Coming off the Medveďovský Bridge from the Slovak side, the options are a main road on which cycling is not allowed (Route 14 which is 6km to Gyor,) or a bike route which is 27km to Gyor. We went about 200 metres on the bike path, then cut south on a track through some sunflowers, beside a tourist sign, which joined onto a small road not long after. We were then able to pick our way on some minor roads to get to Gyor without spending 27km doing it.
EuroVelo 6 in some places between Gyor and Komaro, was mud. It rained the day we did this section , and it was barely passable. We got bogged down a couple of times, and the brakes were trashed. It would be impossible on a narrow-tyred road bike in the wet.
Some sections (particularly south of Budapest) run atop flood dykes, and the surface is loose gravel or packed dirt. Again, this would be a challenge in the wet on a road bike. The scenery here was monotonous and the weather was very hot in July when we were here. These type of routes have no shade and no rest areas.
Some of the route between Komarno/Komarom and north of Budapest is on a main road. Tarmac is banked up on the sides, so hugging the edge of the road isn’t always possible. When they are able, drivers always gave lots of room and used indicators to signal overtaking. But when there were cars coming in the opposite direction, drivers tended not to wait behind, and would instead pass leaving very little room. They drive REALLY fast. It was a quite a busy, narrow road around Visegrad.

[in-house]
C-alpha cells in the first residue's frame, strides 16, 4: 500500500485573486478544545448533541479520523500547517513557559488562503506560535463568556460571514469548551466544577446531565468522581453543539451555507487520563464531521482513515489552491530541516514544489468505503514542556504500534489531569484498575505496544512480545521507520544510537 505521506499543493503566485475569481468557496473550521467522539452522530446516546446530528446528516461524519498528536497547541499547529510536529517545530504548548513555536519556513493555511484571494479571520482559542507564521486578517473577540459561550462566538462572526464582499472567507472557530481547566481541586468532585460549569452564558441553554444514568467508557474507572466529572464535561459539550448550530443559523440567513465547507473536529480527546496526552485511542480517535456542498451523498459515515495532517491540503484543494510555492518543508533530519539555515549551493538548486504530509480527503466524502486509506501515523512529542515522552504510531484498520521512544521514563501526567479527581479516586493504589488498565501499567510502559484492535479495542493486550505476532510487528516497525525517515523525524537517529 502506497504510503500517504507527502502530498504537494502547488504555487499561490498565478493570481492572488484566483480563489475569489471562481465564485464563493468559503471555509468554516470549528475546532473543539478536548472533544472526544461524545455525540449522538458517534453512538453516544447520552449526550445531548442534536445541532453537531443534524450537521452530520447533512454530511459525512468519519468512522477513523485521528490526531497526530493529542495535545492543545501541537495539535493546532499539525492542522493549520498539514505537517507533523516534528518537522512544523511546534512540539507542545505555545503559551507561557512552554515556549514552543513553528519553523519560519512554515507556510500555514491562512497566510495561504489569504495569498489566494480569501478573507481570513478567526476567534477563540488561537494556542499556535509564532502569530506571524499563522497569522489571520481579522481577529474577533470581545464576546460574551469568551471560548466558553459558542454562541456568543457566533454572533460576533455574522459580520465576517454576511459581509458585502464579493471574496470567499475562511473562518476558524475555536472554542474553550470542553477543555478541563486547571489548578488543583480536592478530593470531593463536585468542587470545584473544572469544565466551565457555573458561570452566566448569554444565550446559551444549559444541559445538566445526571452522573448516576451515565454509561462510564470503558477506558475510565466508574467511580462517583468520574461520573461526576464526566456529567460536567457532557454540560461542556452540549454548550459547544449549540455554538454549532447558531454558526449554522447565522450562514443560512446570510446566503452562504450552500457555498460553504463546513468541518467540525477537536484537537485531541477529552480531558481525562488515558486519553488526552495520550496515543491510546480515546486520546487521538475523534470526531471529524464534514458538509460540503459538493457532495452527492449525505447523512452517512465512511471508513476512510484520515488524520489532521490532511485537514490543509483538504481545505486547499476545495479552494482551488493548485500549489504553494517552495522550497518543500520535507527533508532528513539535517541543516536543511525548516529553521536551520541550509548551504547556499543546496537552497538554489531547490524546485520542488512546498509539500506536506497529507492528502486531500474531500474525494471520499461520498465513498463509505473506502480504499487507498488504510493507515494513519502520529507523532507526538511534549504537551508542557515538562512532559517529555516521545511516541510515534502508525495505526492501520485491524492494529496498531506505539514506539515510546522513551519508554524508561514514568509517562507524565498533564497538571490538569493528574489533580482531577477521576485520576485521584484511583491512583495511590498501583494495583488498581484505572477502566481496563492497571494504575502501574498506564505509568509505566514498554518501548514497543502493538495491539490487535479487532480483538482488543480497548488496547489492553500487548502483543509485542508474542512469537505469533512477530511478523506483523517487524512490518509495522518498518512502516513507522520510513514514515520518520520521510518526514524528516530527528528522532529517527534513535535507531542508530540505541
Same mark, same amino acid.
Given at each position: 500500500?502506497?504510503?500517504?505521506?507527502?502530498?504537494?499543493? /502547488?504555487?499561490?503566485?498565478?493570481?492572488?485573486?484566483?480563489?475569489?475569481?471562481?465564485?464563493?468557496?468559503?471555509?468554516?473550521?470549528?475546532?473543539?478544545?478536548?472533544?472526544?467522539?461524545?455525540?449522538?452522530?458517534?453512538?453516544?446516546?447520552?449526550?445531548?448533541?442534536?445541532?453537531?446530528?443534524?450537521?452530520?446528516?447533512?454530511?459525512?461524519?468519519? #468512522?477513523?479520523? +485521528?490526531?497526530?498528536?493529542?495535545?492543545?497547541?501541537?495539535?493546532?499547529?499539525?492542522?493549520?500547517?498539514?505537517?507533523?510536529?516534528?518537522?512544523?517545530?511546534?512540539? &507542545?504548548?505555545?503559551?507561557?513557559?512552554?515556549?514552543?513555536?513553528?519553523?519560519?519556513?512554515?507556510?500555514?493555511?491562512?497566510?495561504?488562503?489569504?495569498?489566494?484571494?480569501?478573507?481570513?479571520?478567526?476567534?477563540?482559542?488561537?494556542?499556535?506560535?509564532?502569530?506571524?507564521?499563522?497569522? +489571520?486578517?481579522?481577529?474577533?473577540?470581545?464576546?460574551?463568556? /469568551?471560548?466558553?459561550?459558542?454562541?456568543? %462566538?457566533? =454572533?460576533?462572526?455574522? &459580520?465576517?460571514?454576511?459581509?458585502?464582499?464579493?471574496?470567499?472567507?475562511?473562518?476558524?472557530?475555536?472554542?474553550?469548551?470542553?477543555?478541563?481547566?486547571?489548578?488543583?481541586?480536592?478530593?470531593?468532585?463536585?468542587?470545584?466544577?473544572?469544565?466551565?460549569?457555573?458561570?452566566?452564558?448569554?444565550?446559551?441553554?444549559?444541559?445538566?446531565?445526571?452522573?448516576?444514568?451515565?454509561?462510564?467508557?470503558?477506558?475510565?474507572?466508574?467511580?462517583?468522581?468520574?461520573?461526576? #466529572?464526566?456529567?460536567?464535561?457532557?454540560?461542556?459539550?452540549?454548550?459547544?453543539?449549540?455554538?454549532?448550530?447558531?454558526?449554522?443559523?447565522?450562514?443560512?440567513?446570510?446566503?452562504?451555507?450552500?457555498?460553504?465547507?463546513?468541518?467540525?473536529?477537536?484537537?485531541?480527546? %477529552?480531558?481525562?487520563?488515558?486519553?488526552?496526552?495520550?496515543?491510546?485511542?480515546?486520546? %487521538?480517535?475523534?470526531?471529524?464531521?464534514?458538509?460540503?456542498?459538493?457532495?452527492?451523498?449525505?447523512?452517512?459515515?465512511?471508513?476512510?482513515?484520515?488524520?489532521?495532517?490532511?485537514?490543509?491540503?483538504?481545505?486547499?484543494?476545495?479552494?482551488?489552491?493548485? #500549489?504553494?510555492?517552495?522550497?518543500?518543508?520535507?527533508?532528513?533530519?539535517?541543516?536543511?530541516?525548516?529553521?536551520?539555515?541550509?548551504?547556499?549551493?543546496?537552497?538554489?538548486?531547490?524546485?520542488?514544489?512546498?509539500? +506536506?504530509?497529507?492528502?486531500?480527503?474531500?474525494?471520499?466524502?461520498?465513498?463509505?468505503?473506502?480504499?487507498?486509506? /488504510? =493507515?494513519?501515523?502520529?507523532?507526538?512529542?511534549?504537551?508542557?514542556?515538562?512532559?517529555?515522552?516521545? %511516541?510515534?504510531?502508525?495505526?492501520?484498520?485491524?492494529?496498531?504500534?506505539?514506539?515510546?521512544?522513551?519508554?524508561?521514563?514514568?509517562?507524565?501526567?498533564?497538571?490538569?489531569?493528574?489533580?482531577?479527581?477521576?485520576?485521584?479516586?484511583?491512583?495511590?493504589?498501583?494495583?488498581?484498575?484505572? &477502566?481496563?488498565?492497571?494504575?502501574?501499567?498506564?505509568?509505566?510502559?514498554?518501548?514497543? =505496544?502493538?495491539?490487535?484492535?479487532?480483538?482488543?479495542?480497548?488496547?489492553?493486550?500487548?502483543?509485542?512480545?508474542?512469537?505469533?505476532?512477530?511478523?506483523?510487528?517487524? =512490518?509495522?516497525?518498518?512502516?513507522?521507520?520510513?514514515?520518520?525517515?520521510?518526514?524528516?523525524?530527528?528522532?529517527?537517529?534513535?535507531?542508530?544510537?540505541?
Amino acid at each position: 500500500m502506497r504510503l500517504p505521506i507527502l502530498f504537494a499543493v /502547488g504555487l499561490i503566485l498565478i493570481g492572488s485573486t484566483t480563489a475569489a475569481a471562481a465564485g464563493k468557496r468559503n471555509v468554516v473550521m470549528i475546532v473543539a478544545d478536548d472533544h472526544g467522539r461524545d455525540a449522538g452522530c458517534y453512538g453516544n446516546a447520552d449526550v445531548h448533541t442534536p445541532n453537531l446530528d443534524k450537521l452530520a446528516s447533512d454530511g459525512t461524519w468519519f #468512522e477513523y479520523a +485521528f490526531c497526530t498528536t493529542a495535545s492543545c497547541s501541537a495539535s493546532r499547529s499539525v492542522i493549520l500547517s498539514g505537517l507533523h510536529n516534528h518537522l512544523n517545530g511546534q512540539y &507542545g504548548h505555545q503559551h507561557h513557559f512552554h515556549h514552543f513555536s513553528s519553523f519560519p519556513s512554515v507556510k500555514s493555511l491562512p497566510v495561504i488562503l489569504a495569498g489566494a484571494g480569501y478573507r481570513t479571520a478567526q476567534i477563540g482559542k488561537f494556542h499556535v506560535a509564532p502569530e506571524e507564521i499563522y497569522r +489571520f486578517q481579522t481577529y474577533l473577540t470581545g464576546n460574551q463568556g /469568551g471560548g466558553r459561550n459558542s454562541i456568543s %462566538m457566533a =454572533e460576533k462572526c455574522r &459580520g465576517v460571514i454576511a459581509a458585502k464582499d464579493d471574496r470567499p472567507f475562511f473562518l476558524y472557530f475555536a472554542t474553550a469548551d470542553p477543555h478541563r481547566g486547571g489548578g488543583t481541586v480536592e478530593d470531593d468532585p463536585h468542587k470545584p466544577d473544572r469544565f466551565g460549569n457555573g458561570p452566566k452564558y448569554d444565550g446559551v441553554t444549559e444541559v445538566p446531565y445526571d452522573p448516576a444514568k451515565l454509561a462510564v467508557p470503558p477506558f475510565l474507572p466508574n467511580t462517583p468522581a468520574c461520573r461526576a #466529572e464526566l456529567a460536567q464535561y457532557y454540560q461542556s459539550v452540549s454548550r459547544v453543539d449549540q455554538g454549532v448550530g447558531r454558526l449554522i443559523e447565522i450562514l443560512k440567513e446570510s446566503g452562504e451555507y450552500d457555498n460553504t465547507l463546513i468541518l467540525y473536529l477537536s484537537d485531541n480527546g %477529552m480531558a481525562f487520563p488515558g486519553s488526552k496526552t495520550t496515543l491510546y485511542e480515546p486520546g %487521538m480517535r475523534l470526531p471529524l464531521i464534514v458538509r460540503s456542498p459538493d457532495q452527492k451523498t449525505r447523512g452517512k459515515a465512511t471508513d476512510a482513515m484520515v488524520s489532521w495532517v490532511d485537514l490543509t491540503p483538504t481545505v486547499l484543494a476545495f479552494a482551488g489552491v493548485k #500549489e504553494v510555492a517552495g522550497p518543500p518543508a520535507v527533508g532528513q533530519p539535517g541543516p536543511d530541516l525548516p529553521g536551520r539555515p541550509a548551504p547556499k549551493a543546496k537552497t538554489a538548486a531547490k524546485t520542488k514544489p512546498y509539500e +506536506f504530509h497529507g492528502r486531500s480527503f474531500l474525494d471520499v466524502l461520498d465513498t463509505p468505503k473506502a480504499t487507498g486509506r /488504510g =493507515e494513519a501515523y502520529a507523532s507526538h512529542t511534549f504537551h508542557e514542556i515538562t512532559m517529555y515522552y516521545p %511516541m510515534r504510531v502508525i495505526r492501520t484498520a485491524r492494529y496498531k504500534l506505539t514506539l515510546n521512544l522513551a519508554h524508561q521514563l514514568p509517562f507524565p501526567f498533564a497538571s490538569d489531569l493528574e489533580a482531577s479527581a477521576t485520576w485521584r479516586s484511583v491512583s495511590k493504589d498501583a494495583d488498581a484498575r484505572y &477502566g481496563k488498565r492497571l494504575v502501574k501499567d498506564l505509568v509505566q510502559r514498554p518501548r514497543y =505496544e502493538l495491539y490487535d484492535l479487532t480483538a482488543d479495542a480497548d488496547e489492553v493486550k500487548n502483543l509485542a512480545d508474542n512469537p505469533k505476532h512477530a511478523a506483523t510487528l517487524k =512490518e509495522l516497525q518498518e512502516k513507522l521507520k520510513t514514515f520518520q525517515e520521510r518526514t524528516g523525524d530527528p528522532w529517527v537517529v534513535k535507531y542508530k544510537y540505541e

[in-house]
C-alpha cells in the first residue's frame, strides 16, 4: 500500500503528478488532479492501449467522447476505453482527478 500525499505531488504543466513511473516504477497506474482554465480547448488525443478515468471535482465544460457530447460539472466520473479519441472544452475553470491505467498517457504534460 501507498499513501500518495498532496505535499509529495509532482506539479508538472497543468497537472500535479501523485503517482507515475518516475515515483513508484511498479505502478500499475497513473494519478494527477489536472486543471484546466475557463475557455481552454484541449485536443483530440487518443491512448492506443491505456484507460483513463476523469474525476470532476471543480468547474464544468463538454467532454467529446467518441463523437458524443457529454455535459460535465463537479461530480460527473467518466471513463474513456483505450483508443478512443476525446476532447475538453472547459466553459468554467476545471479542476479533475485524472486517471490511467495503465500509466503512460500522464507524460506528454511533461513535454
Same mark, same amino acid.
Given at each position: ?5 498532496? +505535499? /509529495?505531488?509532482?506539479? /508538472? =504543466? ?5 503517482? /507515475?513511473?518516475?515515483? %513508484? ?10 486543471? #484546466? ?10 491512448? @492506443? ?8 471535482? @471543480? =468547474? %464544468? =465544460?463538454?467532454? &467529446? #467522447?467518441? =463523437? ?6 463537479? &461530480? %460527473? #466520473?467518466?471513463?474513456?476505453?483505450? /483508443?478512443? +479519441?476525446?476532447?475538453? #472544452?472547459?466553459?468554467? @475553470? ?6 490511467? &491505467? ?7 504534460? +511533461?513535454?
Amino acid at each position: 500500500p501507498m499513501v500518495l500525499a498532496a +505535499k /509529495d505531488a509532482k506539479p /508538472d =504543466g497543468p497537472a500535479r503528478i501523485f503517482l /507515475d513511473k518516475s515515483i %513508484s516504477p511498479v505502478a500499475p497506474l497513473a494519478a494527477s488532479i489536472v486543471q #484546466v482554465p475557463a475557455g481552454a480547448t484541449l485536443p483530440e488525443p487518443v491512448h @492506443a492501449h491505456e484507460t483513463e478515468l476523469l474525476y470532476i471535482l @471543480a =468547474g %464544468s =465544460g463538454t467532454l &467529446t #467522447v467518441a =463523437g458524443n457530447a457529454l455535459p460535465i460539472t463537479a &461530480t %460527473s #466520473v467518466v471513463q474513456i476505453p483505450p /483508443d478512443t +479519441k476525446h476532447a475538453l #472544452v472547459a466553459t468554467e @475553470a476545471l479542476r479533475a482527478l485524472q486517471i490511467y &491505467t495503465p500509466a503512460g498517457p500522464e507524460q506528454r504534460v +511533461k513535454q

In general the EuroVelo is badly signposted. Some of the signs are a bit ambiguous and unclear, and it can be difficult to know if you’ve gone the wrong way or if the signs have just stopped. GPS tracks if you are following the Eurovelo would be necessary to avoid getting lost.
Campsites ran the gamut. One (in Dömös) had good facilities, lovely pitches, a restaurant on site (closed on Wednesdays though, when we were there!) and a washing machine, as well as a swimming pool to use for an extra charge. At the other end of the scale was a campsite in Dunaföldvár. It was grim. Dirty, no hot water, dog shit on the camping field, a weird smell in the toilets. But it was only 9 Euro.
Prices in Hungary were lower across the board than in Belgium/Germany/Austria, but other than for beer, it wasn’t as low as you might expect, maybe 10%.
Blog posts for Hungary: